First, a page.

“When in Rome” is a Run-of-the-Mill Romantic Comedy

Kathryn Russo

“When in Rome” is a romantic comedy that came out just in time for Valentine’s Day. The story line is sweet and heartwarming; however, it unfortunately is a typical romantic comedy with a predictable plot that focuses on a boy falling in love with a girl.

Beth (Kristen Bell) is a career obsessed perfectionist who keeps relationships on the back burner. Nick (Josh Duhamel) is a newspaper reporter who is looking for the right person to spend the rest of his life with. The two magically meet in Rome at Beth’s sister’s wedding, but they go through a lot of rocky situations throughout the movie.

Beth takes coins out of the Trevi Fountain and with each coin she takes a man falls in love with her. A magician, an artist, a model, and a salesman, each man chases her in his own comical way. The magician repeatedly steals Kate’s watch, the artist paints her image on city walls, the model continually tells Beth how good looking she is, and the salesman buys her sausage in order to woo her. Although each man has a different way of trying to win her over they all stalk Beth and create problems for her in her everyday life.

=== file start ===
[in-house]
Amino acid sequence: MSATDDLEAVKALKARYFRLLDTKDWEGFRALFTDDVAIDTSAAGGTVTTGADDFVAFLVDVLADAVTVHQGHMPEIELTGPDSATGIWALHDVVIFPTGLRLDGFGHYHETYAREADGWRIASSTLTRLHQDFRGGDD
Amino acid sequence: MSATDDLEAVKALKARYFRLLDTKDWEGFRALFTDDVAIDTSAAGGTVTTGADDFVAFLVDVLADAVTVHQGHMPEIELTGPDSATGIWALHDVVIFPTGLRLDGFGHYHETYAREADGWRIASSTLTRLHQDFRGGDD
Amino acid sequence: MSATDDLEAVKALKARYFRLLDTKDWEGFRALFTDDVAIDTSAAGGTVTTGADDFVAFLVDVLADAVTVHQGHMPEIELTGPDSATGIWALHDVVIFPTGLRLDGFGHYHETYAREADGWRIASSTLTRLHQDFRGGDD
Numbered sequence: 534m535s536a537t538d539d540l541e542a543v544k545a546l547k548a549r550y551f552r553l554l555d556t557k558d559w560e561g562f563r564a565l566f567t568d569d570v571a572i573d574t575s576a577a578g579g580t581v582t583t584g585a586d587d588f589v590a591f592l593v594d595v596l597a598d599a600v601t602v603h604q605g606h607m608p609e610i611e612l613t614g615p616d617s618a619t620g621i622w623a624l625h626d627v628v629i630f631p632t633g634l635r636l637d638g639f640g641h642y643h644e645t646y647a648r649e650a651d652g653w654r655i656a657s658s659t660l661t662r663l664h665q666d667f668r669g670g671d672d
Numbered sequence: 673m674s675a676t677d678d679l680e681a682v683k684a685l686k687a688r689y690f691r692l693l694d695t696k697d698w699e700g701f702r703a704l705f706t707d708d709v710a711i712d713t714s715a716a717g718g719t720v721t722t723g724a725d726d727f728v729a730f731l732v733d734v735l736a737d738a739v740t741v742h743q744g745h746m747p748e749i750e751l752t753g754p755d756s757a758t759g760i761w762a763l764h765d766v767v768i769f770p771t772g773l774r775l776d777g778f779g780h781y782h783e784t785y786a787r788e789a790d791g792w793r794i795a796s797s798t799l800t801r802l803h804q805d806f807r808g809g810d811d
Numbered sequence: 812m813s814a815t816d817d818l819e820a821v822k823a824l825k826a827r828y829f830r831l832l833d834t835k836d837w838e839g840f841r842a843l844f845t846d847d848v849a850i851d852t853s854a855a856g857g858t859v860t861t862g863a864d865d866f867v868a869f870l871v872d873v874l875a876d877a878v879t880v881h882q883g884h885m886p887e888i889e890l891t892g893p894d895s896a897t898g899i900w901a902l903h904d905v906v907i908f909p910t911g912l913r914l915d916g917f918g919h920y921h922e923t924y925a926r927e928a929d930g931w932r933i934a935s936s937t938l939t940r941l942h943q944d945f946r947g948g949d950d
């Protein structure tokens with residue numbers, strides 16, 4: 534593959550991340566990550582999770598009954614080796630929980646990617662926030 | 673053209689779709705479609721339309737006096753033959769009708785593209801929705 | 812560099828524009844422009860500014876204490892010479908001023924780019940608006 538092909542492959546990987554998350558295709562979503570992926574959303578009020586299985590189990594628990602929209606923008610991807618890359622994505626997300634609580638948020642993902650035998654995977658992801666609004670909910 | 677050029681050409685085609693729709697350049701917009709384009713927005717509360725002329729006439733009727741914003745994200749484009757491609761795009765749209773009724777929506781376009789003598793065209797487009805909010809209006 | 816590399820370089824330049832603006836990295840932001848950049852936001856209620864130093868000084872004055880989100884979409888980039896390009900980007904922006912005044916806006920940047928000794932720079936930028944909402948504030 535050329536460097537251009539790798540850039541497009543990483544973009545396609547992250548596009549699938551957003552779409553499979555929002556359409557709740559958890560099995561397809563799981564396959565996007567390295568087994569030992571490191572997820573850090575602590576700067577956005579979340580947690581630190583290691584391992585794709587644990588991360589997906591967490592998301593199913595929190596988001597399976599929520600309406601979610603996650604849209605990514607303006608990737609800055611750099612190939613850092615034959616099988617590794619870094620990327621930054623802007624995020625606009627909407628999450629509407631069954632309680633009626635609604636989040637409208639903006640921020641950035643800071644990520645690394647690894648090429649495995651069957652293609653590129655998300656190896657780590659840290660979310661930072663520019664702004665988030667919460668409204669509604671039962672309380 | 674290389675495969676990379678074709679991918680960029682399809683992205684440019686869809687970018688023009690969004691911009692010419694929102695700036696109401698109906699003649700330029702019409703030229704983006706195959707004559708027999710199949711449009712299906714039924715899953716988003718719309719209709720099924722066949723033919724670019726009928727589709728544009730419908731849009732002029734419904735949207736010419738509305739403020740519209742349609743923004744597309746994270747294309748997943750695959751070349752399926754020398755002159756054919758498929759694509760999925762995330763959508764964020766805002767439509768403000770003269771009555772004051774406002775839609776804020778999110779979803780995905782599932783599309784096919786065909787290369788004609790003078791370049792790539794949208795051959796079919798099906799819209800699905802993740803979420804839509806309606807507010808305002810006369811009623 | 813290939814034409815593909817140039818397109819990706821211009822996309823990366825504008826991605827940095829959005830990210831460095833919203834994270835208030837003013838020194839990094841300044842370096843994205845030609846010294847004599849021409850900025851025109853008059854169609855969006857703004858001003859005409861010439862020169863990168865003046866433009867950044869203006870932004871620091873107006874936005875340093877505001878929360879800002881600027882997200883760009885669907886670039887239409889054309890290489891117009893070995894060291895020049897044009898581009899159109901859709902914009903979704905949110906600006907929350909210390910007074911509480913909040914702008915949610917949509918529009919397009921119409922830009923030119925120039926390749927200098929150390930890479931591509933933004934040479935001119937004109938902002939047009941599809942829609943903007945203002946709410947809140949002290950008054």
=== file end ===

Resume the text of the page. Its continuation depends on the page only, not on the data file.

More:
Both Bell and Duhamel have one obstacle after another throughout the movie, and each character has unoriginal lines accompanied by hackneyed jokes every ten minutes or so. They both sound as if they are reciting lines without any real sense of emotion. This romantic comedy is one that is forgettable, conventional, and commonplace. Similar to the mediocrity of action movies such as “Ghostrider” and “Daredevil,” Johnson delivers the same unoriginality in the new genre of romantic comedy.

Although predictable, this romantic comedy is somewhat cute. It is by no means a must-see movie, but there is no harm in seeing “When in Rome” directed by Mark Steven Johnson if you  need to see something romantic this weekend.